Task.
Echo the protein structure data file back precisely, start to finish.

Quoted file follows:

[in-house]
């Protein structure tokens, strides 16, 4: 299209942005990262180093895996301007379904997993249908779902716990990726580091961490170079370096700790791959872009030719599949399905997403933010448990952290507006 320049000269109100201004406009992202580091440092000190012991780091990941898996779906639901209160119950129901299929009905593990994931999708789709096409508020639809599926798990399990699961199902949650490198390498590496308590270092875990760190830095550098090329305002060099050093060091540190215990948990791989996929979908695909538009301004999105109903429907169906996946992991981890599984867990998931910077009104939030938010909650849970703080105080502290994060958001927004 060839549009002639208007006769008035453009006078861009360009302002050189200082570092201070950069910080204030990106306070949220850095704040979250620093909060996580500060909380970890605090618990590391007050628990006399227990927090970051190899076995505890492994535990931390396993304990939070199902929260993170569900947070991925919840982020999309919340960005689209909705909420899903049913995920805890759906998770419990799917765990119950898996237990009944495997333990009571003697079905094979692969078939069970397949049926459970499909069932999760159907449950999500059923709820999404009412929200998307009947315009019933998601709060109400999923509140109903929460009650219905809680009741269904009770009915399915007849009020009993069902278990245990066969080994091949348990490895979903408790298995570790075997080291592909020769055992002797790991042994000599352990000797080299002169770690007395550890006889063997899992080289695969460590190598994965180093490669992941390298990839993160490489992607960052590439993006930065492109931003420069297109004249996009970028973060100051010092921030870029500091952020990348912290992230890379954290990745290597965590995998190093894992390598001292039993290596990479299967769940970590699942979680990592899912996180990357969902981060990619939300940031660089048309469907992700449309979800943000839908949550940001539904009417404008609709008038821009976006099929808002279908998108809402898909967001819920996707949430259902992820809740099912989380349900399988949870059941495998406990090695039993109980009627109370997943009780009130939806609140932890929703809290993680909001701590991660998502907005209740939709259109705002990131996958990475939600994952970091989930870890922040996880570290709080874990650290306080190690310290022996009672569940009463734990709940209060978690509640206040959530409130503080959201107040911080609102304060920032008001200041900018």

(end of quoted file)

[in-house]
């Protein structure tokens, strides 16, 4: 299209942005990262180093895996301007379904997993249908779902716990990726580091961490170079370096700790791959872009030719599949399905997403933010448990952290507006 320049000269109100201004406009992202580091440092000190012991780091990941898996779906639901209160119950129901299929009905593990994931999708789709096409508020639809599926798990399990699961199902949650490198390498590496308590270092875990760190830095550098090329305002060099050093060091540190215990948990791989996929979908695909538009301004999105109903429907169906996946992991981890599984867990998931910077009104939030938010909650849970703080105080502290994060958001927004 060839549009002639208007006769008035453009006078861009360009302002050189200082570092201070950069910080204030990106306070949220850095704040979250620093909060996580500060909380970890605090618990590391007050628990006399227990927090970051190899076995505890492994535990931390396993304990939070199902929260993170569900947070991925919840982020999309919340960005689209909705909420899903049913995920805890759906998770419990799917765990119950898996237990009944495997333990009571003697079905094979692969078939069970397949049926459970499909069932999760159907449950999500059923709820999404009412929200998307009947315009019933998601709060109400999923509140109903929460009650219905809680009741269904009770009915399915007849009020009993069902278990245990066969080994091949348990490895979903408790298995570790075997080291592909020769055992002797790991042994000599352990000797080299002169770690007395550890006889063997899992080289695969460590190598994965180093490669992941390298990839993160490489992607960052590439993006930065492109931003420069297109004249996009970028973060100051010092921030870029500091952020990348912290992230890379954290990745290597965590995998190093894992390598001292039993290596990479299967769940970590699942979680990592899912996180990357969902981060990619939300940031660089048309469907992700449309979800943000839908949550940001539904009417404008609709008038821009976006099929808002279908998108809402898909967001819920996707949430259902992820809740099912989380349900399988949870059941495998406990090695039993109980009627109370997943009780009130939806609140932890929703809290993680909001701590991660998502907005209740939709259109705002990131996958990475939600994952970091989930870890922040996880570290709080874990650290306080190690310290022996009672569940009463734990709940209060978690509640206040959530409130503080959201107040911080609102304060920032008001200041900018």